It has been said that first impressions linger or that you can’t change them. However, after being in Seoul Korea for the past several days, it is my belief that first impressions are just that, a first impression.
As I have given much thought about what to write or how I should approach this post, many topics flooded my mind. But none of those thoughts could ever give voice to the profound feelings that I was experiencing as I was attempting to square the Korean people and the culture that I was being introduced to with my first impression of the Korean people and the culture I had experienced as an African American back home in the United States.
For one thing, the Korean people that I was being introduced to here in Korea were genuinely humble God-fearing people who have a history that is very similar to mine. This impression was in complete contrast to my initial introduction to the Korean people I encountered in Inglewood and South Central L.A. during the middle ‘70’s- early ‘90’s.
Those Koreans were rude, pushy and demanding that you buy whatever you touched in their liquor stores. As a result, tensions and friction between the African American community and the Korean community or the (new comers), were extremely high. All of this peaked around 1991 with two incidents, the shooting of a 15 year old girl by a 49 year old Korean grocer over a $1.79 orange juice and the chaos that erupted as a result of the L.A. riots. While there has admittedly been some effort from both sides to reconcile, in my estimation, the reality is the two communities merely tolerate each other.
Sharing in the learning on this Korean advance has helped to reshape those earlier dark narratives and my misperceptions of Koreans in at least two ways. First, it has provided me with a more in depth richness and appreciation of Korean history. In the first week we heard repeatedly about the tremendous oppression and suffering of Koreans. This was characterized by both the Japanese and Chinese occupations. But the massive suffrage of the Korean people culminated during the Korean War or the 6.25 as it’s known in Korea.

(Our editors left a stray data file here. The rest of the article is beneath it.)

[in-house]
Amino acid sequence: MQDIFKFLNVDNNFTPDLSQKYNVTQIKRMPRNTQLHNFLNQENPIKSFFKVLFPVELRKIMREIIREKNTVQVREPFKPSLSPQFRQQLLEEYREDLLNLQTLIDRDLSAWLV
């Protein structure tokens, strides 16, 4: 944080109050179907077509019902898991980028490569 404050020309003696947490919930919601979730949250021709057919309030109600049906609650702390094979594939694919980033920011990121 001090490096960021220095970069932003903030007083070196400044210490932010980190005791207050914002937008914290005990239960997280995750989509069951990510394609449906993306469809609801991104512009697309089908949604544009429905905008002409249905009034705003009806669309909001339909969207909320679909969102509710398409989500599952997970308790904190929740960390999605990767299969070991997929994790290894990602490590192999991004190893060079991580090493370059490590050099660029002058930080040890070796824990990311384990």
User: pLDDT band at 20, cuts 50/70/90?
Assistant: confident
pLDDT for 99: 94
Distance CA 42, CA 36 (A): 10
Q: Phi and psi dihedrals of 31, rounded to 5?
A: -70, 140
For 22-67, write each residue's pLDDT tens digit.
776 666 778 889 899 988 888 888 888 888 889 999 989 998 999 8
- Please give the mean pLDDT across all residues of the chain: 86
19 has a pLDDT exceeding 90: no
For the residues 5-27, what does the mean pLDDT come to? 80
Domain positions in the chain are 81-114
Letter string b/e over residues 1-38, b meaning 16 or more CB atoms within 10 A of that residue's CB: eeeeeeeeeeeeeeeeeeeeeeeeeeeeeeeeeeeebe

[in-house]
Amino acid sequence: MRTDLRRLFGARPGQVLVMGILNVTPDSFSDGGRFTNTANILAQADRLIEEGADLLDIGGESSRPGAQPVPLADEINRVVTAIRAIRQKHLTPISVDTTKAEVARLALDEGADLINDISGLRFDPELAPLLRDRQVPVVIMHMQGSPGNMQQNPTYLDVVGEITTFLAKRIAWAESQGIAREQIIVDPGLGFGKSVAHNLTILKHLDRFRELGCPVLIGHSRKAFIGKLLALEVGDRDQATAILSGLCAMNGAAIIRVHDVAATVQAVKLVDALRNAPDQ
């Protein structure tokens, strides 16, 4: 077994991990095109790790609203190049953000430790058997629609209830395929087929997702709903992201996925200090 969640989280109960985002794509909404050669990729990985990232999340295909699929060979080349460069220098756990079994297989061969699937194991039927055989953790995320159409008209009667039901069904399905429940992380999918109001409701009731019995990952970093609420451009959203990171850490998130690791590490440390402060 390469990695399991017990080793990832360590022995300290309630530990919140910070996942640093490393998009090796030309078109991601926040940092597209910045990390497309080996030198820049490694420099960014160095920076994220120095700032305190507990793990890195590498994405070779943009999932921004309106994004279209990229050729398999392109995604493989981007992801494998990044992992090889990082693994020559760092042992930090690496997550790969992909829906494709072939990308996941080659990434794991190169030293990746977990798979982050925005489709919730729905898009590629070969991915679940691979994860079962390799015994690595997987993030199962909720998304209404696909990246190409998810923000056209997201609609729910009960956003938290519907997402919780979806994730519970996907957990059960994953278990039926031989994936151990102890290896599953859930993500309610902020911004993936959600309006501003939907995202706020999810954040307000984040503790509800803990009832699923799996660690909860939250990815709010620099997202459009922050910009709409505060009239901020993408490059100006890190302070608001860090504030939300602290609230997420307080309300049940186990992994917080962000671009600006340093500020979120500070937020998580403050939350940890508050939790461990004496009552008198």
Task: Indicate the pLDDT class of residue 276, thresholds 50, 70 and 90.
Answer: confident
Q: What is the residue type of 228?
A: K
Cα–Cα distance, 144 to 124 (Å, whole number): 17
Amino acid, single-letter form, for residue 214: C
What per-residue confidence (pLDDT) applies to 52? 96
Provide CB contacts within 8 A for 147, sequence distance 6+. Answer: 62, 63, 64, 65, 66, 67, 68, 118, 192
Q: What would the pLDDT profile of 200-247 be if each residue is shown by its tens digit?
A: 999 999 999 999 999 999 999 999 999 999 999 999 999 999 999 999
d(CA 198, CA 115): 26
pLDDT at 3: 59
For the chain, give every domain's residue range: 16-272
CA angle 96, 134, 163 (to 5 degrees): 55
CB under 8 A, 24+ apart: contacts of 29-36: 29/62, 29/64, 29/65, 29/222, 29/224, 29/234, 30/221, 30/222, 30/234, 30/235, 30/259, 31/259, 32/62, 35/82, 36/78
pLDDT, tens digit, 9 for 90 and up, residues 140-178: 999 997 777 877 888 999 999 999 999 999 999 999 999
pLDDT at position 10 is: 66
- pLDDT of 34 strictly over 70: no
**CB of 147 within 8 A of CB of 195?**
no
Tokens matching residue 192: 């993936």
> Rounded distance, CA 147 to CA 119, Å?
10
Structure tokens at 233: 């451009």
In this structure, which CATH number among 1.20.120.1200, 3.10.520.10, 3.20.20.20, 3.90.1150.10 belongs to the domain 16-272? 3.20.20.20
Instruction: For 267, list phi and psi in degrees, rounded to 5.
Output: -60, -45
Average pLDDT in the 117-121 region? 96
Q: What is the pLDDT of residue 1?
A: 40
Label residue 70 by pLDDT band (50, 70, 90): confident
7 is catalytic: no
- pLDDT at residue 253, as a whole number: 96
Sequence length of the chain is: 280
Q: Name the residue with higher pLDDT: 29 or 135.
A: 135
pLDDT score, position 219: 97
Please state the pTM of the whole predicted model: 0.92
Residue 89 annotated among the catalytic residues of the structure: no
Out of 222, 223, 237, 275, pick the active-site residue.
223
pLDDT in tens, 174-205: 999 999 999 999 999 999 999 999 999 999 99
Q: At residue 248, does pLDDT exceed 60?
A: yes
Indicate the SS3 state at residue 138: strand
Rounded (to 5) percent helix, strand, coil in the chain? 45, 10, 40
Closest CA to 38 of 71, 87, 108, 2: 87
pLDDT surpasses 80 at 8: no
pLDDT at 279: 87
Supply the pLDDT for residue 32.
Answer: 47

Secondly, the advance has given me a context for the locus behind the Korean church that grew so rapidly. While many have been quick to credit this growth and expansion in the Korean church to the fervency and dedication the Koreans had and still have for prayer, I believe that while it was their prayers, it was more basic and perhaps guttural. It was the earnest plea for God’s help by a people being oppressed in their land!
This experience is one that resonates with the African American experience. We belong to a similar heritage of suffering, and as a result of the earnest pleas for God’s help from my ancestors God responded by freeing the Black slaves in America.
I also find that an interesting parallel exists between these two cultures of suffering. Suffering and oppression leaves its mark on the people. Fervent prayer is the noticeable remnant conferred upon Koreans, while fervent praise was bestowed upon the African American. In truth both fervent prayer praise are required in order to withstand the sweltering heat and humidity of suffering and oppression. As a result, I am more convinced today that first impressions are just that, a first impression. But these are my lasting impressions of Korea and the South Korean Advance. I will cherish every moment I spent here and seek to further my education and continue the dialogue with my new friends.